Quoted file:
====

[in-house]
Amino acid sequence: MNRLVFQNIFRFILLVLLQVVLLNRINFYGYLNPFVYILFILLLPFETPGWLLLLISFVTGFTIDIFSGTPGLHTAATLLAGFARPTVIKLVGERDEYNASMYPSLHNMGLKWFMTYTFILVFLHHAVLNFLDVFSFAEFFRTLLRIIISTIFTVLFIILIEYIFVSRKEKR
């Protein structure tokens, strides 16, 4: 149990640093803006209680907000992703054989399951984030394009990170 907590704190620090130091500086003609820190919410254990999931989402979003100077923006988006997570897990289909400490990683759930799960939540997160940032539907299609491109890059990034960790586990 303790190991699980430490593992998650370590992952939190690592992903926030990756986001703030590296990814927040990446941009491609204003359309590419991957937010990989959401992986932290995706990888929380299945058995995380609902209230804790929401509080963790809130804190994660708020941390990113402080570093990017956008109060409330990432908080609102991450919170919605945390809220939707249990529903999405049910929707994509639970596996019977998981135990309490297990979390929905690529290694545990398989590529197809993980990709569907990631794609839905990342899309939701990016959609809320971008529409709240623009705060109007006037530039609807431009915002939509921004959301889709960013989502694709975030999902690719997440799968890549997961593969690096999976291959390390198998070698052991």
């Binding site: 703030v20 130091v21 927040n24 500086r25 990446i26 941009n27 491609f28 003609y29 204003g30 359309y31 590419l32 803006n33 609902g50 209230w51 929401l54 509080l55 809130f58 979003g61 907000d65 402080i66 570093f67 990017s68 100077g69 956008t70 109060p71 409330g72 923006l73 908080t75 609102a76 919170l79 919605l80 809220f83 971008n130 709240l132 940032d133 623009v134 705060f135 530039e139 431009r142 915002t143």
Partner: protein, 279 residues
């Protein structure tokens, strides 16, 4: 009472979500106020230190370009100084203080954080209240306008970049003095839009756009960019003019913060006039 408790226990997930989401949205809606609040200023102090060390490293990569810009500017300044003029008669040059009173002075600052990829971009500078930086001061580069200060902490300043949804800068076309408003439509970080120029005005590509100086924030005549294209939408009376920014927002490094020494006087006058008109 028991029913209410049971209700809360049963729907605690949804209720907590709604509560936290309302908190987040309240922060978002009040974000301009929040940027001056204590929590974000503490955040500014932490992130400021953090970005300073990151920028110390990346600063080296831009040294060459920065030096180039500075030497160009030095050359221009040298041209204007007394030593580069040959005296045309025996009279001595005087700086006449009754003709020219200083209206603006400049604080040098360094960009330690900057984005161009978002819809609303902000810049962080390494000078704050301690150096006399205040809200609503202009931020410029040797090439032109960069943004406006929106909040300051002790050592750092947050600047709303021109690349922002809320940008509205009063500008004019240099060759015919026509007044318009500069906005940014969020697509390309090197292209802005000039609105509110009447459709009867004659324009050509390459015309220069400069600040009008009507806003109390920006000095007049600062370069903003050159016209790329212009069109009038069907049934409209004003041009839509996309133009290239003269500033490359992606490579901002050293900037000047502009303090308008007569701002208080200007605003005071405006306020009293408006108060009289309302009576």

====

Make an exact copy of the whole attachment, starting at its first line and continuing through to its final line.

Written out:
[in-house]
Amino acid sequence: MNRLVFQNIFRFILLVLLQVVLLNRINFYGYLNPFVYILFILLLPFETPGWLLLLISFVTGFTIDIFSGTPGLHTAATLLAGFARPTVIKLVGERDEYNASMYPSLHNMGLKWFMTYTFILVFLHHAVLNFLDVFSFAEFFRTLLRIIISTIFTVLFIILIEYIFVSRKEKR
């Protein structure tokens, strides 16, 4: 149990640093803006209680907000992703054989399951984030394009990170 907590704190620090130091500086003609820190919410254990999931989402979003100077923006988006997570897990289909400490990683759930799960939540997160940032539907299609491109890059990034960790586990 303790190991699980430490593992998650370590992952939190690592992903926030990756986001703030590296990814927040990446941009491609204003359309590419991957937010990989959401992986932290995706990888929380299945058995995380609902209230804790929401509080963790809130804190994660708020941390990113402080570093990017956008109060409330990432908080609102991450919170919605945390809220939707249990529903999405049910929707994509639970596996019977998981135990309490297990979390929905690529290694545990398989590529197809993980990709569907990631794609839905990342899309939701990016959609809320971008529409709240623009705060109007006037530039609807431009915002939509921004959301889709960013989502694709975030999902690719997440799968890549997961593969690096999976291959390390198998070698052991």
């Binding site: 703030v20 130091v21 927040n24 500086r25 990446i26 941009n27 491609f28 003609y29 204003g30 359309y31 590419l32 803006n33 609902g50 209230w51 929401l54 509080l55 809130f58 979003g61 907000d65 402080i66 570093f67 990017s68 100077g69 956008t70 109060p71 409330g72 923006l73 908080t75 609102a76 919170l79 919605l80 809220f83 971008n130 709240l132 940032d133 623009v134 705060f135 530039e139 431009r142 915002t143």
Partner: protein, 279 residues
């Protein structure tokens, strides 16, 4: 009472979500106020230190370009100084203080954080209240306008970049003095839009756009960019003019913060006039 408790226990997930989401949205809606609040200023102090060390490293990569810009500017300044003029008669040059009173002075600052990829971009500078930086001061580069200060902490300043949804800068076309408003439509970080120029005005590509100086924030005549294209939408009376920014927002490094020494006087006058008109 028991029913209410049971209700809360049963729907605690949804209720907590709604509560936290309302908190987040309240922060978002009040974000301009929040940027001056204590929590974000503490955040500014932490992130400021953090970005300073990151920028110390990346600063080296831009040294060459920065030096180039500075030497160009030095050359221009040298041209204007007394030593580069040959005296045309025996009279001595005087700086006449009754003709020219200083209206603006400049604080040098360094960009330690900057984005161009978002819809609303902000810049962080390494000078704050301690150096006399205040809200609503202009931020410029040797090439032109960069943004406006929106909040300051002790050592750092947050600047709303021109690349922002809320940008509205009063500008004019240099060759015919026509007044318009500069906005940014969020697509390309090197292209802005000039609105509110009447459709009867004659324009050509390459015309220069400069600040009008009507806003109390920006000095007049600062370069903003050159016209790329212009069109009038069907049934409209004003041009839509996309133009290239003269500033490359992606490579901002050293900037000047502009303090308008007569701002208080200007605003005071405006306020009293408006108060009289309302009576």